What is it with BMW Group and grilles? The signature ‘kidney’ arrangement on its own cars has been getting bigger and bigger, while at subsidiary Mini, this has happened.
You’re looking at the facelifted Mini hatch, for which the grille has been enlarged significantly, only to be mostly concealed by a big chunk of body-coloured plastic. The spot lamps have gone, meanwhile, replaced with small ‘air curtains’.
LED headlights now come as standard on all models, as do the neat/naff (depending on your point of view) Union Jack rear light clusters. There’s also a new rear apron.
Mini has added a bunch of new equipment packages and five new wheel options. Making the personalisation choices even more bewildering, a trio of new colours has been added to the palette: Rooftop Grey, Island Blue and Zesty Yellow.
Inside, Mini has ditched the chrome and added some Piano black trim, along with a new 8.8-inch infotainment screen and five-inch digital instrument cluster. The vents that flank the central display have been redesigned, and there are some new trim options to pick from. The new Driver Assistance Package, finally, adds lane departure warning and adaptive cruise control.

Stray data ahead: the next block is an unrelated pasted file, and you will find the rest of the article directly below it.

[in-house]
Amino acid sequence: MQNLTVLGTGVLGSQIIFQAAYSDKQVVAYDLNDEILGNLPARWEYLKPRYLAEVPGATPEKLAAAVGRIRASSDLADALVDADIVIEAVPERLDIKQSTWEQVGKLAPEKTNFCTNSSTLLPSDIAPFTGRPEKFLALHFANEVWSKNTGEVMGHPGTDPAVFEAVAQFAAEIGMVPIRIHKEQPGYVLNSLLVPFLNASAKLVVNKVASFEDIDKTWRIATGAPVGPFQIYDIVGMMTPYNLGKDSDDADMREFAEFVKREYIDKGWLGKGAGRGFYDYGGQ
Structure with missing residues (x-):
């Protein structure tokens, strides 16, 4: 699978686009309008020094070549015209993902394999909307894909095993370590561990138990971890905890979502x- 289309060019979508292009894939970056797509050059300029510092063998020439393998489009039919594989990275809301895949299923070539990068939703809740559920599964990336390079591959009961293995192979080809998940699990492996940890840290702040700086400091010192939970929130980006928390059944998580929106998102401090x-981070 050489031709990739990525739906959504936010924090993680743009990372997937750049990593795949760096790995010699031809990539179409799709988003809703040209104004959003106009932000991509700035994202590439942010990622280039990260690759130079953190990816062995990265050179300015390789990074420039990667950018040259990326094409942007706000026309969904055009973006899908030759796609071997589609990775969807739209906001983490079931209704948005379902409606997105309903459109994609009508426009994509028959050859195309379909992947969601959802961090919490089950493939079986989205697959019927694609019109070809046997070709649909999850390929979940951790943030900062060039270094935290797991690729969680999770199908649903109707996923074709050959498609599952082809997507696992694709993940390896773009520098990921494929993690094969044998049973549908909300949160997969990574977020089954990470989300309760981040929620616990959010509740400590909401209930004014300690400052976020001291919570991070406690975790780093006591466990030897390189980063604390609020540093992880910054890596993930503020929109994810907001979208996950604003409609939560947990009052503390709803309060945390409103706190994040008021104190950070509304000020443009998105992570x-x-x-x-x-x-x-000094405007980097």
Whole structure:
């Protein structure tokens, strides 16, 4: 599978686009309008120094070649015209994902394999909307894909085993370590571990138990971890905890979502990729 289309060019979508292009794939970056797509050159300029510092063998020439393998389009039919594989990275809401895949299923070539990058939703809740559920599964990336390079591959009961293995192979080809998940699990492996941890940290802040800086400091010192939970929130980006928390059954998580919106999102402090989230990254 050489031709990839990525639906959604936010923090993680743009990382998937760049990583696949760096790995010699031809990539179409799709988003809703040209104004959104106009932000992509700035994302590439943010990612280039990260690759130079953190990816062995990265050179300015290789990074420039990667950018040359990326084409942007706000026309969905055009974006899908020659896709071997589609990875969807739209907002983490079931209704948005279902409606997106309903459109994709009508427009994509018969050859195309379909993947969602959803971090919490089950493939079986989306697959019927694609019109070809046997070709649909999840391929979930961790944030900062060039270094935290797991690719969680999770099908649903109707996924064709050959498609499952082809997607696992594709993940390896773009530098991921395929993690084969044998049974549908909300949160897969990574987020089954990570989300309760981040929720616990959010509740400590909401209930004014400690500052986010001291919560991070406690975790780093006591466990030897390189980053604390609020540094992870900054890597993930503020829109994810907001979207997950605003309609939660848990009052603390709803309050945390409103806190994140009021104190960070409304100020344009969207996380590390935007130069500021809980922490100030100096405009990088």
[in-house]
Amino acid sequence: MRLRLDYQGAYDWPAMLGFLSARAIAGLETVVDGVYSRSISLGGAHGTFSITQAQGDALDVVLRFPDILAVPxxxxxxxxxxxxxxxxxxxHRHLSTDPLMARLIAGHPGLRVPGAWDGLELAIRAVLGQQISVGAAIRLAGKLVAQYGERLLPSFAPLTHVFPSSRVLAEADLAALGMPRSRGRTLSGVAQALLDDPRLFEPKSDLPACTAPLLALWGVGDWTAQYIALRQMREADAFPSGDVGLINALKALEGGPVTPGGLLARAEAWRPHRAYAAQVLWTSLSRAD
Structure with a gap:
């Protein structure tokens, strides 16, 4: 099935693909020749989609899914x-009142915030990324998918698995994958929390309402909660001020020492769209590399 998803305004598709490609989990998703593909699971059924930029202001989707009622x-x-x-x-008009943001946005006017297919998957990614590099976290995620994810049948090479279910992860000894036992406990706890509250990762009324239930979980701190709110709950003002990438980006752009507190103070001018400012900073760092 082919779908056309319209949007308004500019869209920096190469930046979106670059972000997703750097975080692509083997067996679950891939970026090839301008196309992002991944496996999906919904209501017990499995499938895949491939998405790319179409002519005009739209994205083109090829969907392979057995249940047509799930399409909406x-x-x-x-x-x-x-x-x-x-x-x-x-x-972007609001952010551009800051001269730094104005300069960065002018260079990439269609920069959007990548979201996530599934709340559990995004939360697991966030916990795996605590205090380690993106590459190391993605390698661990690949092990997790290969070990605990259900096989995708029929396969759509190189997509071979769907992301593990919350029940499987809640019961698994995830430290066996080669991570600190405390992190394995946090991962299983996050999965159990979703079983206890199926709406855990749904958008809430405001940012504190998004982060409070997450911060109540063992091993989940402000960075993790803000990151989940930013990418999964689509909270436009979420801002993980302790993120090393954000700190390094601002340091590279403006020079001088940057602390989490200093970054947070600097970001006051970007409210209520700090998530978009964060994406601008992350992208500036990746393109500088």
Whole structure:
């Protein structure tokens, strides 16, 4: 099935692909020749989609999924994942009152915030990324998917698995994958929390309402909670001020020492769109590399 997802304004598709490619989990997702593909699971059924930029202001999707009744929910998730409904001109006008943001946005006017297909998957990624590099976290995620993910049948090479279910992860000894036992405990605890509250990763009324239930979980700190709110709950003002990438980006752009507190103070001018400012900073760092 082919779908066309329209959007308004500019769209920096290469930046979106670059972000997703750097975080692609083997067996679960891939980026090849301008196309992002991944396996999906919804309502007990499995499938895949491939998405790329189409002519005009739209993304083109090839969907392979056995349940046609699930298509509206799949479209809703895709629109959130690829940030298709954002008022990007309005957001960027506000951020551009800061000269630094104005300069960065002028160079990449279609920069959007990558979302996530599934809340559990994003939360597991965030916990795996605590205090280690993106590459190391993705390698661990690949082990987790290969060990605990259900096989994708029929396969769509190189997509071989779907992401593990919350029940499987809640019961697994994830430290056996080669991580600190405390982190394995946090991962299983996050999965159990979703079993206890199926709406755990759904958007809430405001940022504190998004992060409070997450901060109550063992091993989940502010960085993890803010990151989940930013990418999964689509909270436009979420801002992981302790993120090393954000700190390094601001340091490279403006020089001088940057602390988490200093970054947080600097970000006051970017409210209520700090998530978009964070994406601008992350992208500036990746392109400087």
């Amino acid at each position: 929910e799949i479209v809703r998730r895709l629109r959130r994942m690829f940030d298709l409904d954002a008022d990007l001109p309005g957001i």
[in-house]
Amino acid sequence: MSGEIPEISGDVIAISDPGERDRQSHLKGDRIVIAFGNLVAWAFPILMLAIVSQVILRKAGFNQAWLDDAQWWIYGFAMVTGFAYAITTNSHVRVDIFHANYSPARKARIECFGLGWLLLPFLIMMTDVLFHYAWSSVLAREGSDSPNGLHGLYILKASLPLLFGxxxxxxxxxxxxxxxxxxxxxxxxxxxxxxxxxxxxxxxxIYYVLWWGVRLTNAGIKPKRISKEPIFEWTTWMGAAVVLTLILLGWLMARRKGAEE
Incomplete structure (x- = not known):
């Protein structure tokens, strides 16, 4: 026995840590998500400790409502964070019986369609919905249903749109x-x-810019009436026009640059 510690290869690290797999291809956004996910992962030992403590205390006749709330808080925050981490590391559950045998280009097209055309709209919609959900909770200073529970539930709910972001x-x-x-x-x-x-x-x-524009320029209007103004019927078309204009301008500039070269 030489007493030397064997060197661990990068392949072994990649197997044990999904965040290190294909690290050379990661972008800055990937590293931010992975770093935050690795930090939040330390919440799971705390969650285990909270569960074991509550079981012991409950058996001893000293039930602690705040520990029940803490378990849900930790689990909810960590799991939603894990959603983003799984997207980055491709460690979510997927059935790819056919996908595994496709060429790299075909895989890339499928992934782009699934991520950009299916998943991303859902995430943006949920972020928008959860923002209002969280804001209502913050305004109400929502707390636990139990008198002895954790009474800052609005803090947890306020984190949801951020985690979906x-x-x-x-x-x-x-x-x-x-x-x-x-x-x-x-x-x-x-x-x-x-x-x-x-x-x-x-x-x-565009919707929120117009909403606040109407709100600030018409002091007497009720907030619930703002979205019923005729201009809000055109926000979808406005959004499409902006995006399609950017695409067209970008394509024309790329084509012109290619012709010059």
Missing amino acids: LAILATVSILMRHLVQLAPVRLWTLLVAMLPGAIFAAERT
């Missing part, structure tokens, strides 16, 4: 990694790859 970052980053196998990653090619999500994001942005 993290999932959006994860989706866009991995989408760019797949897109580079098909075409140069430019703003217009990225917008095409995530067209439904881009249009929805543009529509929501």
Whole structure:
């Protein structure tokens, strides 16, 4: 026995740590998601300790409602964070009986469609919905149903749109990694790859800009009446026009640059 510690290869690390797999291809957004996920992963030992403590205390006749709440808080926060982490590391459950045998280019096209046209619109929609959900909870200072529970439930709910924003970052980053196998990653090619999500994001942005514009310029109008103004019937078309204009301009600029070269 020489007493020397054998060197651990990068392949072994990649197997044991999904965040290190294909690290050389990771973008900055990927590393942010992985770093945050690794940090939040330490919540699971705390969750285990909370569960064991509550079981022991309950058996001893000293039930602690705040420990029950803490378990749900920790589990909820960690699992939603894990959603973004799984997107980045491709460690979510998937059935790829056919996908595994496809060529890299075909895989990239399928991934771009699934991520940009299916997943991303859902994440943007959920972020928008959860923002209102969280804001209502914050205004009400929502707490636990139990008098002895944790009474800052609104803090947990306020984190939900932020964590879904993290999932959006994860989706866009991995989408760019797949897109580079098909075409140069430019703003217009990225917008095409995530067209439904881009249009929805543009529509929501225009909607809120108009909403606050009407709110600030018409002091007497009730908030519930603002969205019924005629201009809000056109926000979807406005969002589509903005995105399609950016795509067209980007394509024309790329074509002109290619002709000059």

The engine line-up hasn’t changed. As before, the range kicks off with a 1.5-litre inline-three producing either 100bhp or 134bhp (depending on whether you pick the One or the Cooper), topping out with a 2.0-litre inline-four. The latter develops 178bhp in the Cooper S, and a burlier 231bhp in the John Cooper Works.
The final powertrain option is of the plug-in variety. The Mini Electric gets 181bhp from a front axle-mounted motor and a 32.6kWh battery pack, making for a respectable 0-62mph time of 7.3 seconds.
The rejuvenated range starts from £16,045.
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